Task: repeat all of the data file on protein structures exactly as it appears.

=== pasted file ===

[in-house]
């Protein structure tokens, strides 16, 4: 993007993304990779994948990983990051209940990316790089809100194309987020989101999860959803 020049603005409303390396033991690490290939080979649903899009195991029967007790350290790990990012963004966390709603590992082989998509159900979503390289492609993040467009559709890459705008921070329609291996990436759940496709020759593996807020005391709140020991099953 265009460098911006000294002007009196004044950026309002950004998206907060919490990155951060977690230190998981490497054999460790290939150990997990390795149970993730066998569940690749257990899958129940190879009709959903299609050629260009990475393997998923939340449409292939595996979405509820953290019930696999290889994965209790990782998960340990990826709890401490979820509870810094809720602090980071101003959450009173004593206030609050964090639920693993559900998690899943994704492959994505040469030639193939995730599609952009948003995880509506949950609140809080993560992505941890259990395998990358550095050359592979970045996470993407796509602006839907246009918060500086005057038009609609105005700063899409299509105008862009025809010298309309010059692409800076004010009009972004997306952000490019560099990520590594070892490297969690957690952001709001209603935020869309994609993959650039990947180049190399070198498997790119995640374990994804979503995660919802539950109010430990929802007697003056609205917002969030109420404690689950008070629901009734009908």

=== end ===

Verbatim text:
[in-house]
């Protein structure tokens, strides 16, 4: 993007993304990779994948990983990051209940990316790089809100194309987020989101999860959803 020049603005409303390396033991690490290939080979649903899009195991029967007790350290790990990012963004966390709603590992082989998509159900979503390289492609993040467009559709890459705008921070329609291996990436759940496709020759593996807020005391709140020991099953 265009460098911006000294002007009196004044950026309002950004998206907060919490990155951060977690230190998981490497054999460790290939150990997990390795149970993730066998569940690749257990899958129940190879009709959903299609050629260009990475393997998923939340449409292939595996979405509820953290019930696999290889994965209790990782998960340990990826709890401490979820509870810094809720602090980071101003959450009173004593206030609050964090639920693993559900998690899943994704492959994505040469030639193939995730599609952009948003995880509506949950609140809080993560992505941890259990395998990358550095050359592979970045996470993407796509602006839907246009918060500086005057038009609609105005700063899409299509105008862009025809010298309309010059692409800076004010009009972004997306952000490019560099990520590594070892490297969690957690952001709001209603935020869309994609993959650039990947180049190399070198498997790119995640374990994804979503995660919802539950109010430990929802007697003056609205917002969030109420404690689950008070629901009734009908």